I agree with what my colleague and fellow blogger Gabriella Stern wrote here about the disclosure obligations of the Apple Inc. board of directors and the illness of the company’s leader, Steve Jobs. Despite already being on medical leave, shareholders did indeed deserve to know that Jobs, the man widely viewed as Apple’s innovator-in-chief, had a liver transplant about two months ago.
It sheds light on an interesting and ongoing issue in U.S. corporate disclosure. In simplistic terms I describe it as the difference between material and merely important. To reach the level of materiality, and thus obligate a publicly traded U.S. company to report it, new information has to be of a level to change the mix of an investor’s thinking about the company.
The definition of what is material is not written down anywhere. It is developed in case law and so open to some, usually lawyerly, interpretation. A few years back in a court case, the Securities and Exchange Commission said something is material if “there is a substantial likelihood that a reasonable shareholder would consider it important” in making an investment decision. Also, if there was a substantial likelihood a reasonable investor would think the information ”significantly altered the total mix of information available” about a company.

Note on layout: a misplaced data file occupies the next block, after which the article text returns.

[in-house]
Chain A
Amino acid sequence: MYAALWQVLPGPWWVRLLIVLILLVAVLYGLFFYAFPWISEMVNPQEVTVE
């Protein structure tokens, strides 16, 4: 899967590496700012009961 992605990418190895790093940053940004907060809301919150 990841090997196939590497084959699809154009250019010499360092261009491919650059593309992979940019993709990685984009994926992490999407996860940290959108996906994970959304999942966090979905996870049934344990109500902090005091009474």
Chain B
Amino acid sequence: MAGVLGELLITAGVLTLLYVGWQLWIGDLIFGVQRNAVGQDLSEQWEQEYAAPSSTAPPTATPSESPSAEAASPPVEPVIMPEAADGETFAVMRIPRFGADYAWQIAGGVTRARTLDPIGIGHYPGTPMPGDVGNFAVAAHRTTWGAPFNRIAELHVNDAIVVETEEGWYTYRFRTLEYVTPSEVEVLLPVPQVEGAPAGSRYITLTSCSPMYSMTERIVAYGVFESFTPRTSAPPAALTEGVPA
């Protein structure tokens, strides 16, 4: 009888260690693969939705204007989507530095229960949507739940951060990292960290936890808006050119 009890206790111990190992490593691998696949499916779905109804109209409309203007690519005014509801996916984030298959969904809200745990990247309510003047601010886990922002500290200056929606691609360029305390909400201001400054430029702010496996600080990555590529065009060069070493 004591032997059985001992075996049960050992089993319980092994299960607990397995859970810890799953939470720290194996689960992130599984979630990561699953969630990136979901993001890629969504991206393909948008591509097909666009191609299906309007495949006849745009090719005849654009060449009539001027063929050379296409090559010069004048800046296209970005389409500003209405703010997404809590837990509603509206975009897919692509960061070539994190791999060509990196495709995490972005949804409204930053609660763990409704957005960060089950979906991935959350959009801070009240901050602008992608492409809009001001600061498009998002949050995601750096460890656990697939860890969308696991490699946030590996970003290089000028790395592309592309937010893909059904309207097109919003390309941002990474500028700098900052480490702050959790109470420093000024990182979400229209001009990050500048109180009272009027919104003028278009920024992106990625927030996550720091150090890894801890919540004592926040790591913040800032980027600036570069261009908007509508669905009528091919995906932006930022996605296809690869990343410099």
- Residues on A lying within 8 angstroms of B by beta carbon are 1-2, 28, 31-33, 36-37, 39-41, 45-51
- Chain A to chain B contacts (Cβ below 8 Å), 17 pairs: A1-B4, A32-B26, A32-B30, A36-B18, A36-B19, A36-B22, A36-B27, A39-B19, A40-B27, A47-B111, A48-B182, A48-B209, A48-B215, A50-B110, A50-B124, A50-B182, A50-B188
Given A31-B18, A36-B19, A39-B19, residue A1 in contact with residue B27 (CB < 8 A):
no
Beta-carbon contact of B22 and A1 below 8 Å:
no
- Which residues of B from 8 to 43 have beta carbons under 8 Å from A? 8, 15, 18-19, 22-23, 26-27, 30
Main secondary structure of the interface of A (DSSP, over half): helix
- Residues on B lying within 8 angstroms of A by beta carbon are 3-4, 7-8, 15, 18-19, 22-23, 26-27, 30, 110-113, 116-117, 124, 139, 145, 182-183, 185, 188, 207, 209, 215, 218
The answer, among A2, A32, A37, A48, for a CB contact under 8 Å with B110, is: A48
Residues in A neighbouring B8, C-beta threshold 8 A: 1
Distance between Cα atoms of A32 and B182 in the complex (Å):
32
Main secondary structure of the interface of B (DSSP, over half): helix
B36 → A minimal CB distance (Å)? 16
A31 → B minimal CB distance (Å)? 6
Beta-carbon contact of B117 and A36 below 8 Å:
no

Lots of word in there open for interpretation, such as “substantial” and “reasonable.”
Anyway, there’s another subjective decision boards of directors ought to make and that’s on information’s importance. Is something simply important for investors and shareholders to know? It might not be material, but it is still important. And they should err on the side of being inclusive in the definition of important. All things equal, the more information out there the better for all.
It would seem the Jobs surgery, while certainly a sensitive and personal matter for Jobs, also was important for holders and investors to know about.